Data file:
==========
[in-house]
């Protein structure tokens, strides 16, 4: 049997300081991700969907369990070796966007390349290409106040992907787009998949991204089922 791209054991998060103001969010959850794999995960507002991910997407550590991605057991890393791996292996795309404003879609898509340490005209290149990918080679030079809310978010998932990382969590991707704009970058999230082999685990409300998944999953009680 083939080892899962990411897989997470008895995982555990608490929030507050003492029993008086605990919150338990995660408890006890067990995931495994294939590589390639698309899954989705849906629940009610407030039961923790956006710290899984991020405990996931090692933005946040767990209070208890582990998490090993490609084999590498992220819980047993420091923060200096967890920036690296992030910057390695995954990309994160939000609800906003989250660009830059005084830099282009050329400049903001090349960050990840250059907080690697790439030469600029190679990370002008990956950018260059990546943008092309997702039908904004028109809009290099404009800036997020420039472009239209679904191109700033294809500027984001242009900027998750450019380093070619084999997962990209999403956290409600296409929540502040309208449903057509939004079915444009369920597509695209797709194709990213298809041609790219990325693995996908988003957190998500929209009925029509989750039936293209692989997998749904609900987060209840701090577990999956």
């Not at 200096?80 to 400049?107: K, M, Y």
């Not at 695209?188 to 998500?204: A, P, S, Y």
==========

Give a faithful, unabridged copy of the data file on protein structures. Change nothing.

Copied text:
[in-house]
């Protein structure tokens, strides 16, 4: 049997300081991700969907369990070796966007390349290409106040992907787009998949991204089922 791209054991998060103001969010959850794999995960507002991910997407550590991605057991890393791996292996795309404003879609898509340490005209290149990918080679030079809310978010998932990382969590991707704009970058999230082999685990409300998944999953009680 083939080892899962990411897989997470008895995982555990608490929030507050003492029993008086605990919150338990995660408890006890067990995931495994294939590589390639698309899954989705849906629940009610407030039961923790956006710290899984991020405990996931090692933005946040767990209070208890582990998490090993490609084999590498992220819980047993420091923060200096967890920036690296992030910057390695995954990309994160939000609800906003989250660009830059005084830099282009050329400049903001090349960050990840250059907080690697790439030469600029190679990370002008990956950018260059990546943008092309997702039908904004028109809009290099404009800036997020420039472009239209679904191109700033294809500027984001242009900027998750450019380093070619084999997962990209999403956290409600296409929540502040309208449903057509939004079915444009369920597509695209797709194709990213298809041609790219990325693995996908988003957190998500929209009925029509989750039936293209692989997998749904609900987060209840701090577990999956």
């Not at 200096?80 to 400049?107: K, M, Y």
């Not at 695209?188 to 998500?204: A, P, S, Y």